07/11/2019 - Health expenditure will outpace GDP growth over the next 15 years in almost every OECD country, according to new OECD forecasts. Health spending per capita will grow at an average annual rate of 2.7% across the OECD and will reach 10.2% of GDP by 2030, up from 8.8% in 2018, according to a new OECD report.
Health at a Glance 2019: OECD Indicators says that the United States spent the most on health care in 2018, equivalent to 16.9% of GDP, above Switzerland, the next highest spending country, at 12.2%. Germany, France, Sweden and Japan all spent close to 11% of GDP, while a few countries spent less than 6% of their GDP on health care, including Mexico, Latvia, Luxembourg, and Turkey at 4.2%.
Health at a Glance outlines areas where spending could be more effective:
Health at a Glance 2019 highlights some worrying patterns in health outcomes and unhealthy lifestyles.
A person born today can expect to live almost 81 years on average in OECD countries. But life expectancy gains have slowed recently in most OECD countries, especially in the United States, France and the Netherlands. 2015 was a particularly bad year, with life expectancy falling in 19 countries.
The causes include rising levels of obesity and diabetes that have made it difficult to maintain previous progress in cutting deaths from heart disease and stroke. Respiratory diseases such as influenza and pneumonia have also claimed more lives in recent years, notably amongst older people.
Opioid-related deaths have increased by about 20% across OECD countries since 2011, and have claimed about 400,000 lives in the United States alone. Opioid-related deaths are also relatively high in Canada, Estonia and Sweden.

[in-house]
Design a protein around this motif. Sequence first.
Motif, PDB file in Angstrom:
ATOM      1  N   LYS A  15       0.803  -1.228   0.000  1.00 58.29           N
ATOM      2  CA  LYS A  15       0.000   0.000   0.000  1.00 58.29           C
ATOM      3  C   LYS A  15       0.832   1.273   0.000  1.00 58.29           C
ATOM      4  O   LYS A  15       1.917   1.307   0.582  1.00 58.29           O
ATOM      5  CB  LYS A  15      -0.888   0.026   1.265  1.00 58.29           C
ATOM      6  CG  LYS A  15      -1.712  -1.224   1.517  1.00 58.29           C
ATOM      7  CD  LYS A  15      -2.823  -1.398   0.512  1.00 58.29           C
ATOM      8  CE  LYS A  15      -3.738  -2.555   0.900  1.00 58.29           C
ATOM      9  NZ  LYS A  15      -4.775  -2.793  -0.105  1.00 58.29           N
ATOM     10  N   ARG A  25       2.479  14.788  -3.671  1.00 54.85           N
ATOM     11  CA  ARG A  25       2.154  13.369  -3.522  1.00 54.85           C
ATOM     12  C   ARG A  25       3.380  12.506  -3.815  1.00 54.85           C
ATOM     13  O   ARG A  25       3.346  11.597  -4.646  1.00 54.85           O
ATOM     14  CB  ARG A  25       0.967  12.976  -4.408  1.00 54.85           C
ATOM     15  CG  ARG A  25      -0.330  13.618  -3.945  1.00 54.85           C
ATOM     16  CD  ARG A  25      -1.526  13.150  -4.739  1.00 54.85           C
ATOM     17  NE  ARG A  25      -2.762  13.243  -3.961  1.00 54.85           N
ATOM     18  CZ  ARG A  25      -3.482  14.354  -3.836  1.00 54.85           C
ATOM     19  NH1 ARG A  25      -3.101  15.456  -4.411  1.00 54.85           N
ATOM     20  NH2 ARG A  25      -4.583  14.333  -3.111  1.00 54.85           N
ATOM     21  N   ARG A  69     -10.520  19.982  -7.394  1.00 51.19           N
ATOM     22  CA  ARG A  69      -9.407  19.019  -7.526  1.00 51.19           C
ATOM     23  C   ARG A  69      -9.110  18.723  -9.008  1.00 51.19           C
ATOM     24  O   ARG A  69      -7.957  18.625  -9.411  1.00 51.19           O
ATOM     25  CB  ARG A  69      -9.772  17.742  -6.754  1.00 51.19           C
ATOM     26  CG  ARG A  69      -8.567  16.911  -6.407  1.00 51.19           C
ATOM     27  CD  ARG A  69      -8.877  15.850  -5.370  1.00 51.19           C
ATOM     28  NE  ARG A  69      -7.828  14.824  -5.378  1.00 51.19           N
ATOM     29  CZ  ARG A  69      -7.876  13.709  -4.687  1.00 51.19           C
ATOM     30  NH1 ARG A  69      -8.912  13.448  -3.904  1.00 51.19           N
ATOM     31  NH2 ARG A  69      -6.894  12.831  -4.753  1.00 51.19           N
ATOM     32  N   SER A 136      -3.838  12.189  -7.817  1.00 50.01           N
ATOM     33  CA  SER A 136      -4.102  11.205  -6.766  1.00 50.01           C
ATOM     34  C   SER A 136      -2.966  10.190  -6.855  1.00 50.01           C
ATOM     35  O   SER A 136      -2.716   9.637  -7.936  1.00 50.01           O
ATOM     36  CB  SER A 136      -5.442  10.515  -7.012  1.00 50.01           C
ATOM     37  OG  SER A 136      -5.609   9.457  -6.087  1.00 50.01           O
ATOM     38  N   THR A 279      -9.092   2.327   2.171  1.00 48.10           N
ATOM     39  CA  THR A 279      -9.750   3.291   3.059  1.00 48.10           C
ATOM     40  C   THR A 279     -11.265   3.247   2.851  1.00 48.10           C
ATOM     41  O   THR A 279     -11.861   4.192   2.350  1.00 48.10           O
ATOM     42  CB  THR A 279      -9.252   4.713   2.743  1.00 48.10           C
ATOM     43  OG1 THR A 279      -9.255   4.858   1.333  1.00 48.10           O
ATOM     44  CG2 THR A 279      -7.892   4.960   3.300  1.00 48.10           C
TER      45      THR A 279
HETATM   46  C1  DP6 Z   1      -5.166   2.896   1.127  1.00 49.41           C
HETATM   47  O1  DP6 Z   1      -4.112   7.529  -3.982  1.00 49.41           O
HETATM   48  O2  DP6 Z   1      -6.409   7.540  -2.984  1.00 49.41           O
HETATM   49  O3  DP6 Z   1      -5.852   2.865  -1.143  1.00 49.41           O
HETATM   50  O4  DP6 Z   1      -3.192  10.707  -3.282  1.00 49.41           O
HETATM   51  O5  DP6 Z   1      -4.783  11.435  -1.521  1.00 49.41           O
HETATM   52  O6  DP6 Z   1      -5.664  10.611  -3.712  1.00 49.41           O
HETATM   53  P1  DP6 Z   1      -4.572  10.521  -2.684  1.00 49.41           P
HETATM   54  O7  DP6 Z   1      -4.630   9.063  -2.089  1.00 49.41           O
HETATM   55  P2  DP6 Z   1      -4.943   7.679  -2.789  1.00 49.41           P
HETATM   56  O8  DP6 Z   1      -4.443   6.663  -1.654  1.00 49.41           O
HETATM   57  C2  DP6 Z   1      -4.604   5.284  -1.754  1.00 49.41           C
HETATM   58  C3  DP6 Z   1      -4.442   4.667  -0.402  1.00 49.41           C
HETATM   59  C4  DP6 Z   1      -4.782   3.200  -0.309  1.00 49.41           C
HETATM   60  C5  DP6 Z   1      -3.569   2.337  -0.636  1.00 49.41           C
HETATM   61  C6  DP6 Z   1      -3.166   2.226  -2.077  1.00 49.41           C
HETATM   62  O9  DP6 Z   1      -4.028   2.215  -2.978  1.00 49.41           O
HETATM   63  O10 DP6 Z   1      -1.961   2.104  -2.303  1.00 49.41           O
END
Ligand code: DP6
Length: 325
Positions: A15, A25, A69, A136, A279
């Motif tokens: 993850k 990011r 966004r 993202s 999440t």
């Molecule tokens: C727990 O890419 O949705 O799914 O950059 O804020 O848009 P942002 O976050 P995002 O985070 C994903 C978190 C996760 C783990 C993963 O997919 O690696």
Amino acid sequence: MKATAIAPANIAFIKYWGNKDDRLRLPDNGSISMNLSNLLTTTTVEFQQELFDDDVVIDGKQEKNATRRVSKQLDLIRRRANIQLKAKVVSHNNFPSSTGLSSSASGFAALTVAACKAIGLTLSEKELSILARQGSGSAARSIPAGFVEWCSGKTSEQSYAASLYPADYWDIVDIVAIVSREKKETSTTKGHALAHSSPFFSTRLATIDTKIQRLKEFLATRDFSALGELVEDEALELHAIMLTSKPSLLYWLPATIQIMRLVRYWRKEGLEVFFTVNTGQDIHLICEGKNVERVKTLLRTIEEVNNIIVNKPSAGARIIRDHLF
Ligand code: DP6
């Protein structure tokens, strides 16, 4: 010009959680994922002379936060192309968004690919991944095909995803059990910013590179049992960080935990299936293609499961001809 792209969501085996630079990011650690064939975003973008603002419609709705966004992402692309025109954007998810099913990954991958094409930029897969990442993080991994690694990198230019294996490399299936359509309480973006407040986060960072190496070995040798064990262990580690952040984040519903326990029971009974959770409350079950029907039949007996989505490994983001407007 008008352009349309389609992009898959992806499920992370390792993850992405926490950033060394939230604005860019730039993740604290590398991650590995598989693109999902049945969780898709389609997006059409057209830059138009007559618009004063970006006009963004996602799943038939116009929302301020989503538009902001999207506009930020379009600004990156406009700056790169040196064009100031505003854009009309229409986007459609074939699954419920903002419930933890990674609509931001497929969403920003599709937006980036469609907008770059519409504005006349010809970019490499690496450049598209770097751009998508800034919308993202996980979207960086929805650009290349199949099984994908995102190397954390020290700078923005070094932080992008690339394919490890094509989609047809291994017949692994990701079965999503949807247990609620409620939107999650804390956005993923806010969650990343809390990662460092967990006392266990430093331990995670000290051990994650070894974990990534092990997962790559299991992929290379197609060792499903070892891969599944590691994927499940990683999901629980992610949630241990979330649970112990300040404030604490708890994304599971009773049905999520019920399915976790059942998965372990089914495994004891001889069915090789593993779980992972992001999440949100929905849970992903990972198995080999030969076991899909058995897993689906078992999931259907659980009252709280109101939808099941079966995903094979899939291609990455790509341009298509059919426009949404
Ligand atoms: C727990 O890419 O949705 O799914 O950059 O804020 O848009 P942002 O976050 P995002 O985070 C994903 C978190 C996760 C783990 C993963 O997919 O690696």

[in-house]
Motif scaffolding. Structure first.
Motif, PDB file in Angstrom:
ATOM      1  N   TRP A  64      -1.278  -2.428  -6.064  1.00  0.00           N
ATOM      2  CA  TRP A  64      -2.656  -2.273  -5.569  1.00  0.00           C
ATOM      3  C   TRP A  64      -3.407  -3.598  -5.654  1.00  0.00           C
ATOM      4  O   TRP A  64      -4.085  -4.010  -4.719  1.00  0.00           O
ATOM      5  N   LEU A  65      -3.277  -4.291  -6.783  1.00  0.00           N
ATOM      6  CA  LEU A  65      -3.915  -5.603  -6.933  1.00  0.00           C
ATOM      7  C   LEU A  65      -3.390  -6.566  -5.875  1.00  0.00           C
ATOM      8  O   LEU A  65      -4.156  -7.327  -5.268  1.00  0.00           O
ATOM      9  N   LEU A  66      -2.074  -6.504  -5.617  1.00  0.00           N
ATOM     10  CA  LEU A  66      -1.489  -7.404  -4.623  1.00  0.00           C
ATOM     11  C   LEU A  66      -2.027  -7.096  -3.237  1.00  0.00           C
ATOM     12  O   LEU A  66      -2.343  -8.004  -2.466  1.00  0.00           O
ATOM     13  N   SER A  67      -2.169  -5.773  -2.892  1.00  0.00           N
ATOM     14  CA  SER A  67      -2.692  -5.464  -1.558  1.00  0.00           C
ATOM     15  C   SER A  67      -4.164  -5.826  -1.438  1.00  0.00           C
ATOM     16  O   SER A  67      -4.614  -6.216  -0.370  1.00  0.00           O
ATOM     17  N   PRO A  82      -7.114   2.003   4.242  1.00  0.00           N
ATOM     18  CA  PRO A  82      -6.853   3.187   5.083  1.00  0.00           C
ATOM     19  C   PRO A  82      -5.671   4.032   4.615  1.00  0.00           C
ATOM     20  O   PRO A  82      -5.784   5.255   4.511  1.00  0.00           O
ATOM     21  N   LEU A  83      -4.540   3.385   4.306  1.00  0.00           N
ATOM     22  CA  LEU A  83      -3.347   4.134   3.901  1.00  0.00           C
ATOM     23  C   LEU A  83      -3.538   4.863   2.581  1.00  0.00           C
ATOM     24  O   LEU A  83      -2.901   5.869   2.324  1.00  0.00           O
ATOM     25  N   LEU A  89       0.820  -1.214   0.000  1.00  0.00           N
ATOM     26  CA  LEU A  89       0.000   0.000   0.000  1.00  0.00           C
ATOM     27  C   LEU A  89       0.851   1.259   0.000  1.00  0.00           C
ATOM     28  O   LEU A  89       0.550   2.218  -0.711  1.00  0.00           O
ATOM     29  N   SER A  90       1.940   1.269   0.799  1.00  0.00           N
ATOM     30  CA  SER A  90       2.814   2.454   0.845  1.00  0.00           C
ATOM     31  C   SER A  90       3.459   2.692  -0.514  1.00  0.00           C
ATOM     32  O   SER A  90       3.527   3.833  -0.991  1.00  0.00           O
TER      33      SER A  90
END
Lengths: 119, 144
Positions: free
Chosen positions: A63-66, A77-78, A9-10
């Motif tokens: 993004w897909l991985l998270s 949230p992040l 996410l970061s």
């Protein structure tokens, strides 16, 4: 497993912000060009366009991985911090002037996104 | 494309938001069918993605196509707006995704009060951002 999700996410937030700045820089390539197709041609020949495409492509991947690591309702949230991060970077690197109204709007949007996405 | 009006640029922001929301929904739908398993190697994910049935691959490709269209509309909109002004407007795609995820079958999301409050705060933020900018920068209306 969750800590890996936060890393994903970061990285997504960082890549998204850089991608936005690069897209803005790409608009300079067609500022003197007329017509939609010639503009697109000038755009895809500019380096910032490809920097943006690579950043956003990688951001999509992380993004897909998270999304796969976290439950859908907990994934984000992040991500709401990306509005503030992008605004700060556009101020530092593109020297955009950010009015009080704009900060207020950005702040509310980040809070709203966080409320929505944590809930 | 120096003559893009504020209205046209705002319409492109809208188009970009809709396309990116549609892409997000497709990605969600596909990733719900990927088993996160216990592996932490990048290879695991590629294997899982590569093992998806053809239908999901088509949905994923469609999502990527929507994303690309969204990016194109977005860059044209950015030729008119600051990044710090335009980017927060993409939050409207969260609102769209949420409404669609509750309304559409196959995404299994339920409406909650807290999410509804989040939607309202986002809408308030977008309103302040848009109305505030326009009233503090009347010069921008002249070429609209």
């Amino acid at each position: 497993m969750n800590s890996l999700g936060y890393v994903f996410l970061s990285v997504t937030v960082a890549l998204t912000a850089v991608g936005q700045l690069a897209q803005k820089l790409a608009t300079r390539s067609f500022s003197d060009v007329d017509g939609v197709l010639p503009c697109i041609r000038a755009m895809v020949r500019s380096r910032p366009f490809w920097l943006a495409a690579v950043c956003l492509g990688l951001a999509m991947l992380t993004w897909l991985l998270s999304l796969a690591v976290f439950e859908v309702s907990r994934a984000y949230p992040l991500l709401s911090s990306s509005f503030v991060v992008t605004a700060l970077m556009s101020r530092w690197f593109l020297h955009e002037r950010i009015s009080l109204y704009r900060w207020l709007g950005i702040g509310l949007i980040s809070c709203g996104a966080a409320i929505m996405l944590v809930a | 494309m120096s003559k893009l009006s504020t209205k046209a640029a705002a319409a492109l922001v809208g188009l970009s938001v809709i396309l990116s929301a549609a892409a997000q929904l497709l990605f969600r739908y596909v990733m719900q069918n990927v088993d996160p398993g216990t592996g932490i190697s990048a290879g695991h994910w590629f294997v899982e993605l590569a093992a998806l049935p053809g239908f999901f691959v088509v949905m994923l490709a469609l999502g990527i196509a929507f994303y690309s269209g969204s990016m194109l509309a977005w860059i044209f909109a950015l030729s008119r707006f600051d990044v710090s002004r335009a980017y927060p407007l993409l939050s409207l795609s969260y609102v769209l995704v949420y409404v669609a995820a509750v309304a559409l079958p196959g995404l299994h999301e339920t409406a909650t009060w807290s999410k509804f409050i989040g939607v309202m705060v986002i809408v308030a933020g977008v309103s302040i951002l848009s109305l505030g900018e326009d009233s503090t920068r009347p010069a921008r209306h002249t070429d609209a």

Smoking, drinking and obesity continue to cause people to die prematurely and worsen quality of life:
The report argues that more attention should be placed on patient-reported outcomes and experiences. Preliminary results from OECD’s new initiative on Patient Reported Indicator Surveys show that hip replacements improve an individual’s quality of life – mobility, activity, pain – by around 20%.
“Health systems can and must do better to improve the health of our populations. Measuring how health systems change people’s lives for the better is essential if we are to put resources where they can have most effect,” said Stefano Scarpetta, OECD Director for Employment, Labour and Social Affairs.
Health at a Glance 2019: OECD Indicators, together with country notes for Australia, France, Germany, Italy, Japan, Mexico, the United Kingdom and the United States, is available at http://www.oecd.org/health/health-at-a-glance-19991312.htm.
For further information, journalists should contact Francesca Colombo, Head of the OECD Health Division, (tel. + 33 1 45 24 93 60) or Chris James, Health Policy Analyst, (tel. + 33 1 45 24 89 69) at the OECD Health Division.
Working with over 100 countries, the OECD is a global policy forum that promotes policies to improve the economic and social well-being of people around the world.